Woofstar Article

Half check collars


Many people believe half check collars are just a "training aid". There are many benefits in using half check collars, not related to the original purpose these collars were created for.

There are many names people use for these collars, half check, semi slip, martingale...

Half check collars are a type of a dog collar where the collar tightens up to a limit when pressure is added.  We often hear people say half check collars are cruel. This is simply not true, there are many benefits in using a half check collar. 

A CORRECTLY sized half check collar is sized so that at it's smallest fits snuggly around the neck but does not strangle the dog.  A half check collar can be a very cheap life insurance and  a life saver.

It is also very easy to put on and take off a half check collar, no need to fiddle the buckle or trying to find the right hole in a collar whilst the dog attempts to bounce around excitedly ready for a walk.

Correctly sized half check collar will prevent the dog backing out of his/hers collar. A many a dog would not be lost had they worn a half check collar as one of the most common reasons for a missing dog is a slipped collar/harness (yes, dogs can slip out many of the harness types around)!

A Dog that is usually well-behaved and has an excellent recall can at the moment of panic, back up, slip their collar and run as fast as they can.

Especially youngsters go through periods when the silliest of things can spook them and the last thing you want is them running away as this could cause lasting mental damage (or physical if you are very unlucky). Many dogs also go missing and are never found when they have got away from the owner.

Half check collars are also great for dogs that have a lot of hair or heavy manes as the collar will lay looser when there is no pressure/lead attached to it. This means there will be less of a "collar mark" left on to the coat and the half check collar often sits better on the neck.

Below is a story from our own lives. It is also a reason we promote use of half check collars:

On a dark November night in 2008 Sasha, a 15 month old Leonberger got excited of seeing a another dog and slipped out of her collar.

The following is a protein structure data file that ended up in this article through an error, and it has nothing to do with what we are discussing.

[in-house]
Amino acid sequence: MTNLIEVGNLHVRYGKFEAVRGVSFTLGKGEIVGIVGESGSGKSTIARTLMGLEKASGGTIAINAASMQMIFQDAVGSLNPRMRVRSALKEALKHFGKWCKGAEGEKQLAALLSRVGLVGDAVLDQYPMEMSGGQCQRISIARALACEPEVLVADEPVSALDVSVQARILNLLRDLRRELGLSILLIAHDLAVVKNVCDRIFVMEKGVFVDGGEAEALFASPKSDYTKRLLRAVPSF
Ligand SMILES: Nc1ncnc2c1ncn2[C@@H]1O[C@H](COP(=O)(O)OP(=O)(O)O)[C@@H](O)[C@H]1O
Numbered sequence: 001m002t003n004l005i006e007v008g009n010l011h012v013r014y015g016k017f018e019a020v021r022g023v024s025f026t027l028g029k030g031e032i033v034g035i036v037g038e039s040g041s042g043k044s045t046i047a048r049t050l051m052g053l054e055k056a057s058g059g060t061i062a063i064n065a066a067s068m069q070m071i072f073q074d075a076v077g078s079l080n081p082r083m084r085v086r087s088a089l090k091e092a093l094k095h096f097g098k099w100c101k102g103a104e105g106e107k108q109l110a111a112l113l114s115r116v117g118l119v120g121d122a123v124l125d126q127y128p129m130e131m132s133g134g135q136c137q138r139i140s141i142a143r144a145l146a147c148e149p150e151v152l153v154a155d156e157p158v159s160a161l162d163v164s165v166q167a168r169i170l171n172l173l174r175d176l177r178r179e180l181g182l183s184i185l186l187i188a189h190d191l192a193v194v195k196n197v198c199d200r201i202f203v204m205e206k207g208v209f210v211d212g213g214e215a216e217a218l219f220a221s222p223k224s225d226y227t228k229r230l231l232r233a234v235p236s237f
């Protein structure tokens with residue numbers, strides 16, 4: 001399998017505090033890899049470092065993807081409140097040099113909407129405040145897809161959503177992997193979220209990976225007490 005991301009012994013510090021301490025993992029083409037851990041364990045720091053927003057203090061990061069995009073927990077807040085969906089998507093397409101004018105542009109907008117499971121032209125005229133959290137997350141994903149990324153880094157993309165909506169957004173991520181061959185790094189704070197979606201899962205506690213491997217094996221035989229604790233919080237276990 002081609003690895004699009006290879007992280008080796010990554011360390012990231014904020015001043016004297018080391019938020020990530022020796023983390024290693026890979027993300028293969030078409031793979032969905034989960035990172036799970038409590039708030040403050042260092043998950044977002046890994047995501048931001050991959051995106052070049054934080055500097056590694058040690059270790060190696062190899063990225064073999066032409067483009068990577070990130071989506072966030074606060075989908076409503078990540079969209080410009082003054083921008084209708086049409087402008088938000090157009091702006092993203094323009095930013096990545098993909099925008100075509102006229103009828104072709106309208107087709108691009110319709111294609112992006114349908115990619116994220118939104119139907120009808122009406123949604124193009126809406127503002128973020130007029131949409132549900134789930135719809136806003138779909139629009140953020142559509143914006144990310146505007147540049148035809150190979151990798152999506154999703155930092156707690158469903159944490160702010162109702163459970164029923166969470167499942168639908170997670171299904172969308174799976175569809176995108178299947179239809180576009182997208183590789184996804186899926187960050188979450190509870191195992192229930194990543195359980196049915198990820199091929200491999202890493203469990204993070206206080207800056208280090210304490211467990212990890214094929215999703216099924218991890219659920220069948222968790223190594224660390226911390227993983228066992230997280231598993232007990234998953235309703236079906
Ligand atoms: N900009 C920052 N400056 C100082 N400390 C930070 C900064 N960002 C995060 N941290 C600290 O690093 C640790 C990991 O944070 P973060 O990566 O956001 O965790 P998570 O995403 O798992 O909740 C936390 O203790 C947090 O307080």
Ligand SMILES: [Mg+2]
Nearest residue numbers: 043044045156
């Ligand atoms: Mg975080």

She decided it was more fun to run and jump around than return to us. As a consequence, she was hit by a car. She was rushed to the vets and they took some xrays and it was confirmed she had a broken pelvis.

Next few days were awful as we were waiting to see if she had some other internal damage - Luckily this was not the case.
The vet said she was lucky to get away with just a broken pelvis, considering how hard she was hit for her pelvis to break (big dog, big bones).

If you look at the first xray (taken on the night it all happened) you can see how out of place Sasha’s pelvis was and we were definitely not going to leave her pelvis like that! She was in huge pain and had morphine injections every few hours, she used all of the vets morphine stock in few days!

The vet operated her pelvis and got her hips in line again.The second xray shows Sasha's pelvis after the operation. Great job if you ask us! 
I also have very important message: If you are reading this and have been thinking of insuring your dog, do it now!
We never thought this would happen to us but it did and the insurance really helped, not having to worry about costs as everything else is quite enough to cause few grey hairs.
I would have not wanted to be in a situation of not getting Sasha the best care available because I can not afford it.
All this cutting edge technology and operations did come at hefty price, running at nearly £7000 when physiotherapy and hydrotheraphy were completed.

Also, if you are ever in a position we were in, do not lose hope!
When we saw the first xrays, first thing that crossed my mind was that we will have to let Sasha go and become an angel-dog!
Our vet must have seen my face as he quickly said this is not it; The damage looks awful but it is actually one of those fractures that heals well and the dogs usually have totally normal life after they have recovered.

Now we are in 2016 Sasha is 8.5 years old lady and the leader of the pack here (we now have 5 Leonbergers in total). 
She gets a bit stiff at the back end at times but many Leonbergers her age without her history do too. We love her to bits and I am so happy we decided to go ahead and give her a chance of living her life.
We have a selection of half check collars at www.woofstar.co.uk and are looking to add some more styles in to our selection very soon.







Thinking of having a puppy join your family this summer?